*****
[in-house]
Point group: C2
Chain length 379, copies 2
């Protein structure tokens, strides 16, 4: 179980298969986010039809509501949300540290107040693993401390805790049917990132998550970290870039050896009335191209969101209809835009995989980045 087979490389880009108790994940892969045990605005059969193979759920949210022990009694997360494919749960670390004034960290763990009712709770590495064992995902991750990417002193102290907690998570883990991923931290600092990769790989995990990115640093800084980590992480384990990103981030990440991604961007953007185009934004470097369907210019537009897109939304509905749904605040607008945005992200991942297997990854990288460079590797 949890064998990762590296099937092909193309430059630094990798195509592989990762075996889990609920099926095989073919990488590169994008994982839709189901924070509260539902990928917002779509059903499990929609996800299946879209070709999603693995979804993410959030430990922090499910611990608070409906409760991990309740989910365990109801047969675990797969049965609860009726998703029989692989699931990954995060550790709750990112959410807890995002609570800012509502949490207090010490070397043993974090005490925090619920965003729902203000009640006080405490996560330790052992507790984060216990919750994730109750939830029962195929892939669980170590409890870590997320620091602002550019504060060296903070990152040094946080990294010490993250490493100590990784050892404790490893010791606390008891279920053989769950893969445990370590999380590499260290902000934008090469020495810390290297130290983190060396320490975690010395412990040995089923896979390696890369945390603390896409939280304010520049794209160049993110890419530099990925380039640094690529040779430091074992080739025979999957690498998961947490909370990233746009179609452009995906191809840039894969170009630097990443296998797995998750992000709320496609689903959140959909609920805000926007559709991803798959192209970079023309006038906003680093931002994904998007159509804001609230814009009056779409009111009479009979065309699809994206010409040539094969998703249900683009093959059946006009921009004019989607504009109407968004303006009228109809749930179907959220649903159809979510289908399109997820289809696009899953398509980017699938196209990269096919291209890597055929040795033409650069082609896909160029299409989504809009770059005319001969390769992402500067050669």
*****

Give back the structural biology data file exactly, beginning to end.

[in-house]
Point group: C2
Chain length 379, copies 2
């Protein structure tokens, strides 16, 4: 179980298969986010039809509501949300540290107040693993401390805790049917990132998550970290870039050896009335191209969101209809835009995989980045 087979490389880009108790994940892969045990605005059969193979759920949210022990009694997360494919749960670390004034960290763990009712709770590495064992995902991750990417002193102290907690998570883990991923931290600092990769790989995990990115640093800084980590992480384990990103981030990440991604961007953007185009934004470097369907210019537009897109939304509905749904605040607008945005992200991942297997990854990288460079590797 949890064998990762590296099937092909193309430059630094990798195509592989990762075996889990609920099926095989073919990488590169994008994982839709189901924070509260539902990928917002779509059903499990929609996800299946879209070709999603693995979804993410959030430990922090499910611990608070409906409760991990309740989910365990109801047969675990797969049965609860009726998703029989692989699931990954995060550790709750990112959410807890995002609570800012509502949490207090010490070397043993974090005490925090619920965003729902203000009640006080405490996560330790052992507790984060216990919750994730109750939830029962195929892939669980170590409890870590997320620091602002550019504060060296903070990152040094946080990294010490993250490493100590990784050892404790490893010791606390008891279920053989769950893969445990370590999380590499260290902000934008090469020495810390290297130290983190060396320490975690010395412990040995089923896979390696890369945390603390896409939280304010520049794209160049993110890419530099990925380039640094690529040779430091074992080739025979999957690498998961947490909370990233746009179609452009995906191809840039894969170009630097990443296998797995998750992000709320496609689903959140959909609920805000926007559709991803798959192209970079023309006038906003680093931002994904998007159509804001609230814009009056779409009111009479009979065309699809994206010409040539094969998703249900683009093959059946006009921009004019989607504009109407968004303006009228109809749930179907959220649903159809979510289908399109997820289809696009899953398509980017699938196209990269096919291209890597055929040795033409650069082609896909160029299409989504809009770059005319001969390769992402500067050669």